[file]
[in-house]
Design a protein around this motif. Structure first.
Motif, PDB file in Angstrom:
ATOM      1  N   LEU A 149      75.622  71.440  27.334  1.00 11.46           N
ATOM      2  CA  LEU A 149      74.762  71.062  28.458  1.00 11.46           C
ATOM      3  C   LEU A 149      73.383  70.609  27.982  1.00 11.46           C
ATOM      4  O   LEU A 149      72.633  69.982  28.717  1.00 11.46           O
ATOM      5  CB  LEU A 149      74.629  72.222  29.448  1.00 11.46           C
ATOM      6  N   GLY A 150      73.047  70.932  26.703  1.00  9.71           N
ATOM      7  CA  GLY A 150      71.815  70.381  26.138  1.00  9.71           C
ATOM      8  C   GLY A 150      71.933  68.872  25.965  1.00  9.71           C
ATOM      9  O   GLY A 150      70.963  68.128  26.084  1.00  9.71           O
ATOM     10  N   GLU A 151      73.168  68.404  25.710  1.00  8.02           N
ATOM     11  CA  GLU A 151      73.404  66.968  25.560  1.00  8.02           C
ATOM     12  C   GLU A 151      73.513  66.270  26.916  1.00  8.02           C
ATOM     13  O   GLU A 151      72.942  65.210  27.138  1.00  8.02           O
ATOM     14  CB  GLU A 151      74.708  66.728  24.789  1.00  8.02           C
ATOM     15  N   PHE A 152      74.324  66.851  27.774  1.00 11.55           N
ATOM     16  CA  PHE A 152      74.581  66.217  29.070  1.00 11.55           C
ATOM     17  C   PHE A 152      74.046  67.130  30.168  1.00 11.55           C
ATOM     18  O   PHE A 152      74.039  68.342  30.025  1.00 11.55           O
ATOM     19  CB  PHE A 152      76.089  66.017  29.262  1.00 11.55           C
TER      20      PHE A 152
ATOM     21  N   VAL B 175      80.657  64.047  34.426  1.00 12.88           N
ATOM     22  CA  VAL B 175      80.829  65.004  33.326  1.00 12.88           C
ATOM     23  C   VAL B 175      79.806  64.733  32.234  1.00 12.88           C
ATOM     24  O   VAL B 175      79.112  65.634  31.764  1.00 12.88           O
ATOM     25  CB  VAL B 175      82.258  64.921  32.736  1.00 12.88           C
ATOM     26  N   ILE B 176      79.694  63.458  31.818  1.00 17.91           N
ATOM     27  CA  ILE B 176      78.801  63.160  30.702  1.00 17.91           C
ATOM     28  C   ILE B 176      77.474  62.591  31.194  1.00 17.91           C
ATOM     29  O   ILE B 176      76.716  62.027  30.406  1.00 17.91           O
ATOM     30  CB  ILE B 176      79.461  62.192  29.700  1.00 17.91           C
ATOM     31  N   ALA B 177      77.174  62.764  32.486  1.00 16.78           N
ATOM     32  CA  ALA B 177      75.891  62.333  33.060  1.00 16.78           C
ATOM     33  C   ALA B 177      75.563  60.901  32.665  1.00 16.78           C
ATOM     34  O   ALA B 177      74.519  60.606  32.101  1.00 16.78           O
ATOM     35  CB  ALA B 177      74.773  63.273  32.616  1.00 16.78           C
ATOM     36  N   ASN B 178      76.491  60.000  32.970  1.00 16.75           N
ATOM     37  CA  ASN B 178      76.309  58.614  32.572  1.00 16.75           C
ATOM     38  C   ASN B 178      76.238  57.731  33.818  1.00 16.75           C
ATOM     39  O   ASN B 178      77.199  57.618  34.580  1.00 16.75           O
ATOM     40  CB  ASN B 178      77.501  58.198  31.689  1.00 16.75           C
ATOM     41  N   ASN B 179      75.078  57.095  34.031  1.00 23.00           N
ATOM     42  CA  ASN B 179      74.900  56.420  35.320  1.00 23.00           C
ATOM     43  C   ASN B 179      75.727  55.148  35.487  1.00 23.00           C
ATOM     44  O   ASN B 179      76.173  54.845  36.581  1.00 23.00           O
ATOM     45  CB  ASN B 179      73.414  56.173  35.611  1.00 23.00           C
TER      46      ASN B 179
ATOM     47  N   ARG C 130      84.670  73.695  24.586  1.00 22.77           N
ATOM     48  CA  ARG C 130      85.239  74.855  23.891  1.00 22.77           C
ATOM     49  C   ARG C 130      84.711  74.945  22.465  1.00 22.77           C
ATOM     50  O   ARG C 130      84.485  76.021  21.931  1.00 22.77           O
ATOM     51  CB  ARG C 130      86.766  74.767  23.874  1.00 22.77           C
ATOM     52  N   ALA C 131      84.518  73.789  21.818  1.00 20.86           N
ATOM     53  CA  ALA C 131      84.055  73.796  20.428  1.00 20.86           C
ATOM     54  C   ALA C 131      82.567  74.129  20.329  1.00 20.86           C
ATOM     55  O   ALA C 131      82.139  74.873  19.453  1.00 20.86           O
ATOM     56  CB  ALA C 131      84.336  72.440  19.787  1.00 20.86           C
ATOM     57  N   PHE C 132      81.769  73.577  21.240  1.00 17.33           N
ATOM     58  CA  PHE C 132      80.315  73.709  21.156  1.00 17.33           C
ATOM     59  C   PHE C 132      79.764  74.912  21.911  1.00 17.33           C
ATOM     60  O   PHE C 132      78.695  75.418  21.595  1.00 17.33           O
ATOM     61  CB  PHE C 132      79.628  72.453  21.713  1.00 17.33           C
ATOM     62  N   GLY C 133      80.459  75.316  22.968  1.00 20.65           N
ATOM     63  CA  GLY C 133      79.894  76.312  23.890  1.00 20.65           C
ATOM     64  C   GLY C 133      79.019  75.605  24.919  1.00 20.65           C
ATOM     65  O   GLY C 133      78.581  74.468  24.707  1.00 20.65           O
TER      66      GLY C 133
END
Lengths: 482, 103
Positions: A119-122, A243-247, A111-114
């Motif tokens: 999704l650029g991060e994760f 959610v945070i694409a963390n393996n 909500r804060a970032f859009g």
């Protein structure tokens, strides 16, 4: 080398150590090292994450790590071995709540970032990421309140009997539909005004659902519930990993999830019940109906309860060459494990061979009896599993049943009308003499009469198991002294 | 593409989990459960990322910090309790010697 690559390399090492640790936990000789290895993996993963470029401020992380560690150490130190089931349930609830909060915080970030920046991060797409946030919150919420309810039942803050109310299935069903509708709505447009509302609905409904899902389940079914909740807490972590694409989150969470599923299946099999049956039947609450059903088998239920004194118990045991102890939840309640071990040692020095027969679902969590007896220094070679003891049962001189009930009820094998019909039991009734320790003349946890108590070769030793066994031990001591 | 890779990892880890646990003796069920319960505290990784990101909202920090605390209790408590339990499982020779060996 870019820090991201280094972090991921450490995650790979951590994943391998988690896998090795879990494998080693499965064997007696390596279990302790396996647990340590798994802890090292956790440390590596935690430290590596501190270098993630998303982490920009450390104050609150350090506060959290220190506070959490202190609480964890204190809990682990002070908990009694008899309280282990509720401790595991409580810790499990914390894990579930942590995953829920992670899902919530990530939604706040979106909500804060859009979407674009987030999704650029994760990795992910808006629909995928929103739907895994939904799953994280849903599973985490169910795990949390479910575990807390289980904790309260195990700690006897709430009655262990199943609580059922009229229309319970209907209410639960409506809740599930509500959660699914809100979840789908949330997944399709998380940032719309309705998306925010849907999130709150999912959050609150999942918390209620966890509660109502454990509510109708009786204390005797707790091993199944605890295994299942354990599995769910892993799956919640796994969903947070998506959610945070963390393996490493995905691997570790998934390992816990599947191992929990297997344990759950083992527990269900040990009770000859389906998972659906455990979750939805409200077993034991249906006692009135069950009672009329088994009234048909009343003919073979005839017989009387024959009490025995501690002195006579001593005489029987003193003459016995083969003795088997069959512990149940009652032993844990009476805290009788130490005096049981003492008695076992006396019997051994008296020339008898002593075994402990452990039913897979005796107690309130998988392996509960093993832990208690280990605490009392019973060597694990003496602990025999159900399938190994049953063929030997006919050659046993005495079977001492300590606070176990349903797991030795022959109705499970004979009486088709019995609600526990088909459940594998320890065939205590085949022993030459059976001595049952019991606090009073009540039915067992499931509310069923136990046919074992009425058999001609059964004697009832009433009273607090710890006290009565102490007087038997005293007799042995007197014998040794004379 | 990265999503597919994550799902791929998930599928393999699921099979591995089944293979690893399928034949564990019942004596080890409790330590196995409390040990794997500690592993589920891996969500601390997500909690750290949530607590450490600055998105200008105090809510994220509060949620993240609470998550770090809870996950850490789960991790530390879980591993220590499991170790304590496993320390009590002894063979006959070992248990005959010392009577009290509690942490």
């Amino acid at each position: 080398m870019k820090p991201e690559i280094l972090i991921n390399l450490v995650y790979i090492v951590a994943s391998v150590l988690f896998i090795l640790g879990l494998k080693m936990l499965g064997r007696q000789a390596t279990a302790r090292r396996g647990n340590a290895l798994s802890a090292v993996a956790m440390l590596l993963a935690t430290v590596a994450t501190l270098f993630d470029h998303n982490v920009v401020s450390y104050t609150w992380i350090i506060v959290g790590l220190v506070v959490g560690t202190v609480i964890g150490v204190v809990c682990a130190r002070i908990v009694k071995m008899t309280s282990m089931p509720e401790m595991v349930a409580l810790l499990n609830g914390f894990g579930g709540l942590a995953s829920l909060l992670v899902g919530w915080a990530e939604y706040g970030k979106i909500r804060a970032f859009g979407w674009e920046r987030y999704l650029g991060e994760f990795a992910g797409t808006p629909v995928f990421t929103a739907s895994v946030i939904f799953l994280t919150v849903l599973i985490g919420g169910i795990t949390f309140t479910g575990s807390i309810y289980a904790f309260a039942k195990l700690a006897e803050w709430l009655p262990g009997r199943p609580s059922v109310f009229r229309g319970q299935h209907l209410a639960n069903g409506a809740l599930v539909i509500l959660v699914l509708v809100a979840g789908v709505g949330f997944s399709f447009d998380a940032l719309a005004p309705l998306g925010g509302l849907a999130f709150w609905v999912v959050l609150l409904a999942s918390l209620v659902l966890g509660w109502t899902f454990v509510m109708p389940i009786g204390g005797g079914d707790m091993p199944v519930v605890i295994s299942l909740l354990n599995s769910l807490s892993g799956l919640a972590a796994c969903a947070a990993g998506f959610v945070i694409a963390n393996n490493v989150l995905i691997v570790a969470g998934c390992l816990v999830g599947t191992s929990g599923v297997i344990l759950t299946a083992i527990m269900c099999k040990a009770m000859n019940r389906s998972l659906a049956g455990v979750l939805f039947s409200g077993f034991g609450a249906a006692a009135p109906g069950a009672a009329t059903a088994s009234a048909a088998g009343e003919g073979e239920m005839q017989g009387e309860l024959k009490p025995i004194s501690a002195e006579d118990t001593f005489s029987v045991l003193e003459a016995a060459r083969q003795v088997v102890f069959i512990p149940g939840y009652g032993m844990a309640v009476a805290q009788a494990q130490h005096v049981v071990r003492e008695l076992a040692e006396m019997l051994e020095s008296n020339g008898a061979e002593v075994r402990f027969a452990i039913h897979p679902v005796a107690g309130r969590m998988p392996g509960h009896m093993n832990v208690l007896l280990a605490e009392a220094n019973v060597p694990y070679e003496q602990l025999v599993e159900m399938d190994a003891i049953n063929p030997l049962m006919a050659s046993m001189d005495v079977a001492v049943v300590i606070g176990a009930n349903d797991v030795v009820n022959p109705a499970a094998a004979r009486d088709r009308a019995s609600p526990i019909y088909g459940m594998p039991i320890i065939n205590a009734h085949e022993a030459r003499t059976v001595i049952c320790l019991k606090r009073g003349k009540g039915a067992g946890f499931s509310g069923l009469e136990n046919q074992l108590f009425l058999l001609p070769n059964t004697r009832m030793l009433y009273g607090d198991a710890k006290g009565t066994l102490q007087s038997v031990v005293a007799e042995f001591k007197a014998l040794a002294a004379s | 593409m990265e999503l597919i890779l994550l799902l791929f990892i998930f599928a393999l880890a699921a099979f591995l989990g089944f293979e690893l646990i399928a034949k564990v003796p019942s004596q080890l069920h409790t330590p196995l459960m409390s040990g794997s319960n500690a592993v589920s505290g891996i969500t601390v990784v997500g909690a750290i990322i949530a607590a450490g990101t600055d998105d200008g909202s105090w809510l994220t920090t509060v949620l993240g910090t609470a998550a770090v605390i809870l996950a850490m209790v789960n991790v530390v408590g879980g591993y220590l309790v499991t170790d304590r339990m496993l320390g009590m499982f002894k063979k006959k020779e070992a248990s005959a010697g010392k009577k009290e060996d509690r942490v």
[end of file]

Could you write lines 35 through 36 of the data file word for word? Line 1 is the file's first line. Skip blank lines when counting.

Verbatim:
ATOM     32  CA  ALA B 177      75.891  62.333  33.060  1.00 16.78           C
ATOM     33  C   ALA B 177      75.563  60.901  32.665  1.00 16.78           C